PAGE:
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Vol VII, No 25

Cooler Heads Digest


Vol VII, No 25


Little Happens at Gloomy COP-9


The ninth conference of the parties to the United Nations Framework Convention on Climate Change (COP-9), held in Milan, Italy, from December 1 to 12, was a low-key affair made gloomy by statements from Russian officials that Russia could not ratify the Kyoto Protocol in its present form and by an extraordinary announcement by Margot Wallstrom, the European Union’s environment commissioner.  Wallstrom warned that only two of the EU’s fifteen members—the United Kingdom and Sweden—were on course to meet their Kyoto targets for greenhouse gas emissions.


Agreement was reached on several technical issues related to implementing the Kyoto Protocol.  The most contentious issue was whether carbon sinks using genetically modified organisms could be counted.  Environmentalists denounced the use of “Frankentrees” on the grounds that one environmental catastrophe should not be used to precipitate another.  However, delegates finally agreed that each country’s own laws on GMOs would determine whether GMOs could be used in that country.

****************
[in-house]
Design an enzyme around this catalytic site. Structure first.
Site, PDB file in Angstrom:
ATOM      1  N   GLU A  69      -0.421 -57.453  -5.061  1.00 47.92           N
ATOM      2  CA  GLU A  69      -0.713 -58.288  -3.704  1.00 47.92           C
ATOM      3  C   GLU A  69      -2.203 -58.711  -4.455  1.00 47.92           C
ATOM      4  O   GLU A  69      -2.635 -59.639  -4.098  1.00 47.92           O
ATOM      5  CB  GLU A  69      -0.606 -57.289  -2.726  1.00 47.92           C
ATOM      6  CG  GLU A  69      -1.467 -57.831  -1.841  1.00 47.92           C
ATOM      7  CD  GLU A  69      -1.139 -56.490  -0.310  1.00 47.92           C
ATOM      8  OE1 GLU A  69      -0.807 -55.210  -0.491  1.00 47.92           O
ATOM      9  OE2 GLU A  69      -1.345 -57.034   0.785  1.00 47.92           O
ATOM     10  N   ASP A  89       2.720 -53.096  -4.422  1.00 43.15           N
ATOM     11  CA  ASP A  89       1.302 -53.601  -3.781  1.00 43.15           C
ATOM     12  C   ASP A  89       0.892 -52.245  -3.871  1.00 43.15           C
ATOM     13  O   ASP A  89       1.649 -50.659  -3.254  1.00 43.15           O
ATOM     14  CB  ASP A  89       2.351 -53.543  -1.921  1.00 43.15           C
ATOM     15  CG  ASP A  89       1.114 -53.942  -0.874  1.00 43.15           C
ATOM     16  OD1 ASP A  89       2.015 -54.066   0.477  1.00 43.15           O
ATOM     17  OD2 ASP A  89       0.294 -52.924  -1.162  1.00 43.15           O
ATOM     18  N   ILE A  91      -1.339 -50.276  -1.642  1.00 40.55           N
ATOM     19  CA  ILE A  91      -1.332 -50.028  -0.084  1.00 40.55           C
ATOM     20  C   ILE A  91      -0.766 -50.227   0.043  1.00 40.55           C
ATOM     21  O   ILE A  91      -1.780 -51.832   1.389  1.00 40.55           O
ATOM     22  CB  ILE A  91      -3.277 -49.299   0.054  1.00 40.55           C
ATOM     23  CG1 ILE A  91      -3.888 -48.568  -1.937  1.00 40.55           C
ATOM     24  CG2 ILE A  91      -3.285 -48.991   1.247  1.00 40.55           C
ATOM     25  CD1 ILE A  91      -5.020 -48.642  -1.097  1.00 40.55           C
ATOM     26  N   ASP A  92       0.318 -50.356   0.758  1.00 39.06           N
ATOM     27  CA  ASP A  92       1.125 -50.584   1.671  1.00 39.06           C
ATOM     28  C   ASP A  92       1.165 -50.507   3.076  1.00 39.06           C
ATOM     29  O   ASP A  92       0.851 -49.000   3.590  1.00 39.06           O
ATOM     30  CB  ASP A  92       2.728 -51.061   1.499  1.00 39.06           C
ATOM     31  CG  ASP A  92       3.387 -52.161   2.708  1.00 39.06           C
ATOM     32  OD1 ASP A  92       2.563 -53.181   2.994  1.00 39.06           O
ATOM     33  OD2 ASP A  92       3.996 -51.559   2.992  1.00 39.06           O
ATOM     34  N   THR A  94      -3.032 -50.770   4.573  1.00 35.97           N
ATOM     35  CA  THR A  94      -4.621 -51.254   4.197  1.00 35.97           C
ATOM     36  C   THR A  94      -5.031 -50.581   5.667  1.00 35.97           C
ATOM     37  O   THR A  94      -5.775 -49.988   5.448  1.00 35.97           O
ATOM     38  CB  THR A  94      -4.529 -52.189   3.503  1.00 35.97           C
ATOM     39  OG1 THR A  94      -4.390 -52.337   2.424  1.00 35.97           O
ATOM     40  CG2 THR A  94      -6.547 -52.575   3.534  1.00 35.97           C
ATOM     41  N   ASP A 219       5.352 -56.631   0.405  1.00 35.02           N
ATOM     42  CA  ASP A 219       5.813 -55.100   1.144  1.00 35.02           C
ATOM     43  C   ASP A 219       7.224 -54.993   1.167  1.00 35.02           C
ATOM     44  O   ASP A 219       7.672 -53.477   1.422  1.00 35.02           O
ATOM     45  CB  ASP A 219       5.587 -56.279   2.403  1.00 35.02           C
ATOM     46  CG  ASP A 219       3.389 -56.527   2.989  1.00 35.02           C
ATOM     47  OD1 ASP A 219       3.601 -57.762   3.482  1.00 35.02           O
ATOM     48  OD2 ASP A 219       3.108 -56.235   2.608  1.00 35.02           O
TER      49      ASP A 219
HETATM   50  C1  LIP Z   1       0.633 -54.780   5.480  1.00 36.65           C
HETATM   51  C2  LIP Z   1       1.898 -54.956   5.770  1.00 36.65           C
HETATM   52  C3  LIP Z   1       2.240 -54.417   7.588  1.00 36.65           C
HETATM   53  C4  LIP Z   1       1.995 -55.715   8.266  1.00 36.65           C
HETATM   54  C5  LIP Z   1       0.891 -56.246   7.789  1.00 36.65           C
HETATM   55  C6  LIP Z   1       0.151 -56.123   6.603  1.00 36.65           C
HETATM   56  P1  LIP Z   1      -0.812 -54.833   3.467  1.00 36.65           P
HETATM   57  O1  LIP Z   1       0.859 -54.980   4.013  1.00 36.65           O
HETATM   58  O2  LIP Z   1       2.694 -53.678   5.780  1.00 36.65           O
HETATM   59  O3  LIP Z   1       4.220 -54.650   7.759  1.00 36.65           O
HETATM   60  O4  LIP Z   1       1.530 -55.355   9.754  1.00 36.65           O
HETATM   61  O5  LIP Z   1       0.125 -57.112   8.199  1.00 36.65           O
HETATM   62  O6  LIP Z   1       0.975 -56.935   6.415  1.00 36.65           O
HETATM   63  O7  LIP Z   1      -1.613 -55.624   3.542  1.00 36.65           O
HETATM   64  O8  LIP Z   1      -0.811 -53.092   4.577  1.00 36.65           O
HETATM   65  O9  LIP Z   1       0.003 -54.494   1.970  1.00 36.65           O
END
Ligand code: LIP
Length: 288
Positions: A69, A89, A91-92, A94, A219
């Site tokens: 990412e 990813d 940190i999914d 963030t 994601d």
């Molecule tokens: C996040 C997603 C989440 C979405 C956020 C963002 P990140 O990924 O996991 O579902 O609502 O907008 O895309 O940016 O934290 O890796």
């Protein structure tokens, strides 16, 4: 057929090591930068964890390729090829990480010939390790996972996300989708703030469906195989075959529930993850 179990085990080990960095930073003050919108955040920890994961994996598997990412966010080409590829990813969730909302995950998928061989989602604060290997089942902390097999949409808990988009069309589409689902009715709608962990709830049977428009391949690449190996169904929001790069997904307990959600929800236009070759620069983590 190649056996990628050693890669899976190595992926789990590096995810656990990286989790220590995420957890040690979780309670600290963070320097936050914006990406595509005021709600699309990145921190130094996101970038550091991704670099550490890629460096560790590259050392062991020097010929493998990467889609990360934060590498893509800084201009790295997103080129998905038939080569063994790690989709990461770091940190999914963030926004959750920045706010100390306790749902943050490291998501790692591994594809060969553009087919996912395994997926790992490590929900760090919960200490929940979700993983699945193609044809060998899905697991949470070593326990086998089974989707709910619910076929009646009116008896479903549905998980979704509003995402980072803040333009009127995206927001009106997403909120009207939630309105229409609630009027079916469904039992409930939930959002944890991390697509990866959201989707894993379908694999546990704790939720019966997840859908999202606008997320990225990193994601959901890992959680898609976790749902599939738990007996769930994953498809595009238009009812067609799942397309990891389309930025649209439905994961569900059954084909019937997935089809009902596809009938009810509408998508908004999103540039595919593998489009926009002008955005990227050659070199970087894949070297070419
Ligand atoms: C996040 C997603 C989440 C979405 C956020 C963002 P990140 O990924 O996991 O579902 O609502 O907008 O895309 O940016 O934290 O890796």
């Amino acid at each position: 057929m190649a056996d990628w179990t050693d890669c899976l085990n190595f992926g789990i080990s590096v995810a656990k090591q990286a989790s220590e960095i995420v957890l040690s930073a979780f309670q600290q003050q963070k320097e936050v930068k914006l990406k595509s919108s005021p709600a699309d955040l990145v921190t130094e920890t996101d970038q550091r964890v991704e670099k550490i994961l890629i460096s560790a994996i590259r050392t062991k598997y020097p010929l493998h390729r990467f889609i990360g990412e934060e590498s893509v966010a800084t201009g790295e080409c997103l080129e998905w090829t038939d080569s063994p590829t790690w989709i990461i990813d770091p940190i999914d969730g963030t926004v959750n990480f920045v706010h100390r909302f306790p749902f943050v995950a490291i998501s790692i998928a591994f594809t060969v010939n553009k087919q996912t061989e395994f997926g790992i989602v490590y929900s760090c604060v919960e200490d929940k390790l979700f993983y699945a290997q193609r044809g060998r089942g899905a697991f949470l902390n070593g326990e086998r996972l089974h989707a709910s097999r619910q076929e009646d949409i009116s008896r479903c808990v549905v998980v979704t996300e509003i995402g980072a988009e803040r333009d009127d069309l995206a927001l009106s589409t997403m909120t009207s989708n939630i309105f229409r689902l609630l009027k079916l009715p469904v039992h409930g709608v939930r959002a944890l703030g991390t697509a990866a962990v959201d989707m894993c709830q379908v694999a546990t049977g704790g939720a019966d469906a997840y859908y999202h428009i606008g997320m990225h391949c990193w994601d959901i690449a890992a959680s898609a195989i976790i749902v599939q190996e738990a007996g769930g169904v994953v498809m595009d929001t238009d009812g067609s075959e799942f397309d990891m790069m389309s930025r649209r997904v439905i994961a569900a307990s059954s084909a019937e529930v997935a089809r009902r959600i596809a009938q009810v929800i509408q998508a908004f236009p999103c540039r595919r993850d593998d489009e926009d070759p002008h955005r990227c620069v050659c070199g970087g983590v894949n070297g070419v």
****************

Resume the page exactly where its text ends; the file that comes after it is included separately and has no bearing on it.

With prospects for Kyoto dimming, many side events put on by NGOs and governments were on the subject of what to do next.  It seems unlikely that a second commitment period after 2012 can be agreed.  Thus, various alternatives were discussed, often with a fair degree of candor.  It seemed to the editor that two broad camps were being formed at COP-9. 

In the pragmatist camp were those NGOs that support a wide variety of future approaches to cutting greenhouse gas emissions.  The working idea at present is that all these approaches could be part of an a la carte menu that nations could choose from in order to fulfill their second round commitments.